The same applies here. We are witnesses to the teaching of God, to the life and death and resurrection of Jesus Christ, not because we were there, but because we have been told by people who have been told by people who have been told by people who were there. Who knew that that bear witness to a truth that they made real again in the telling. That’s what it means to witness. It’s not just watching, it’s telling. It’s both things. In telling the story, we make it real.

When I heard those words in my head on 9/11, “My love is all that matters,” I had no idea who spoke to me. I didn’t get an introduction like Saul did on the way to Damascus. I didn’t know quite who this was. It took meeting Jesus in the pages of the Gospel of John, meeting Jesus in the love of the people of Peace Lutheran in Alexandria, Virginia, to know who it was who spoke to me. I am a witness to the risen Christ, but only because I speak of what I experienced. And what I experienced makes sense only in the light of what others — in this case, the Gospel writers — have witnessed.

James approaches this from another angle. While God says we will impress the neighbors as a people of wisdom and understanding thanks to the teaching, James tells us that we will love the most vulnerable in our midst and around us because of this teaching.

James also says there is no real hearing without doing. There is no watching without speaking. There is no bearing witness to the love of God without loving.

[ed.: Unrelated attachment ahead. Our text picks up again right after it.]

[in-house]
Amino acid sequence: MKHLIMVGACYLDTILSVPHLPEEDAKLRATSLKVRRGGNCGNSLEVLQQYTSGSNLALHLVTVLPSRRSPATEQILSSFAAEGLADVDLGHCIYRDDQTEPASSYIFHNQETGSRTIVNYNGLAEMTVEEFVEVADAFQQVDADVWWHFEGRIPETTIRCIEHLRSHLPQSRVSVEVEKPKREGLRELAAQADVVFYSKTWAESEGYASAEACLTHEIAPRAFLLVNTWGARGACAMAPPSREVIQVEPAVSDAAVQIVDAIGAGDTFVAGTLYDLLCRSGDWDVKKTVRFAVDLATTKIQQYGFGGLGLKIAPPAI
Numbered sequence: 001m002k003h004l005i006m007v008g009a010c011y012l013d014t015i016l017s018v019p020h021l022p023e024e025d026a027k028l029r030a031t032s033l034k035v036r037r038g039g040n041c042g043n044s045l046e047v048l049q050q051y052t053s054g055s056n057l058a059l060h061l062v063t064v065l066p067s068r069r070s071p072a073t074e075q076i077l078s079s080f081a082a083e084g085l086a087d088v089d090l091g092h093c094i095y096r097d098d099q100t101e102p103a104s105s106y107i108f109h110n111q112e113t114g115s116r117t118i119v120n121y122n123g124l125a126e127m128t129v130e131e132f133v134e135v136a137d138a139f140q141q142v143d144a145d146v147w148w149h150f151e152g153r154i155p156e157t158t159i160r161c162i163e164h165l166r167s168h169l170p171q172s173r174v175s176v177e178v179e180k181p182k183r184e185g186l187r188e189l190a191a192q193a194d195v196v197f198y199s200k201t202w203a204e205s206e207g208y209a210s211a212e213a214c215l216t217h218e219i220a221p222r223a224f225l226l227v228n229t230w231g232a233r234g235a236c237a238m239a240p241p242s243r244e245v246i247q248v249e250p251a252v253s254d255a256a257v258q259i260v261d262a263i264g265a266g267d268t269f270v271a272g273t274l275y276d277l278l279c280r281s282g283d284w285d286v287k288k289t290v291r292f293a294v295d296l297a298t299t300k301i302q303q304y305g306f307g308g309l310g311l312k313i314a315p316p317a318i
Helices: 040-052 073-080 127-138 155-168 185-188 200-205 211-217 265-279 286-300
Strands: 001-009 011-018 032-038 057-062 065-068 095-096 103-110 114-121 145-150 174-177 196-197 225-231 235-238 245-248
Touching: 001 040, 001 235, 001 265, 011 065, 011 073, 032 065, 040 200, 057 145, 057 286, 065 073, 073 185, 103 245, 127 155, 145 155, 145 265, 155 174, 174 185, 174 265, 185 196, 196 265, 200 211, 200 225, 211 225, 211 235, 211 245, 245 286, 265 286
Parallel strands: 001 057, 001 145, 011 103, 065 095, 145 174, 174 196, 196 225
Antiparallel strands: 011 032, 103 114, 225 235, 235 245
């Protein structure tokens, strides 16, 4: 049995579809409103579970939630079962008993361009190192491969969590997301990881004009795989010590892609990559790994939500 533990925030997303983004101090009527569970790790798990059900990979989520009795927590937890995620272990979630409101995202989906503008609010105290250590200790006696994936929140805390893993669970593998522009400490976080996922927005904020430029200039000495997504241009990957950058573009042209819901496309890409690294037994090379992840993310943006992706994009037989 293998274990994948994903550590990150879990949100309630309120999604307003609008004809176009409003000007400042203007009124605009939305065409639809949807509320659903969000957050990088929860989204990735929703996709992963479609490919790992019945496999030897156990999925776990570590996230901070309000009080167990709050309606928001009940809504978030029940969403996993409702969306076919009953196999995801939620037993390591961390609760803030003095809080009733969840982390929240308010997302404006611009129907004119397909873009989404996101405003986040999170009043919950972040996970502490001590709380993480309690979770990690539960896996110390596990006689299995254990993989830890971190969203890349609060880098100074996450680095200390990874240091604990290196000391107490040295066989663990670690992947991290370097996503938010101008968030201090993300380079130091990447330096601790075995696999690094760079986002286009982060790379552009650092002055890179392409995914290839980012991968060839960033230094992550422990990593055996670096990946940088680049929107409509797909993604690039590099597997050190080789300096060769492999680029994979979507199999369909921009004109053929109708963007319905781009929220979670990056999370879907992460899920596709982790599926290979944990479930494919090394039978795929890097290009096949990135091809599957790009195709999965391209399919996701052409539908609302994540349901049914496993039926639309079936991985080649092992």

And that, I believe, is why Jesus tells us that what defiles (makes common in the Greek) is what comes out of us. His list of things — evil thoughts, sexual immorality, theft, murder, adultery, coveting, wickedness, deceit, sensuality, envy, slander, pride, foolishness — dovetails nicely with the things James warns against as well.

Now, it’s easy to take these as matters of personal piety, things one avoids in order to be right and stay right with God. But that’s not what’s at work here. This isn’t about piety. It’s about showing the world what wisdom and understanding look like, what real religion (ceremonial or ritual observance here in the Greek) looks like. It is concern for the most vulnerable. This is a constant theme, especially once the prophets began to call Israel out for its sin and faithlessness as the armies of the Assyrians and Babylonians loomed. It is part of the constant reminder that we don’t use or abuse others, or ourselves. We don’t treat each other, or ourselves, as objects for pleasure or profit.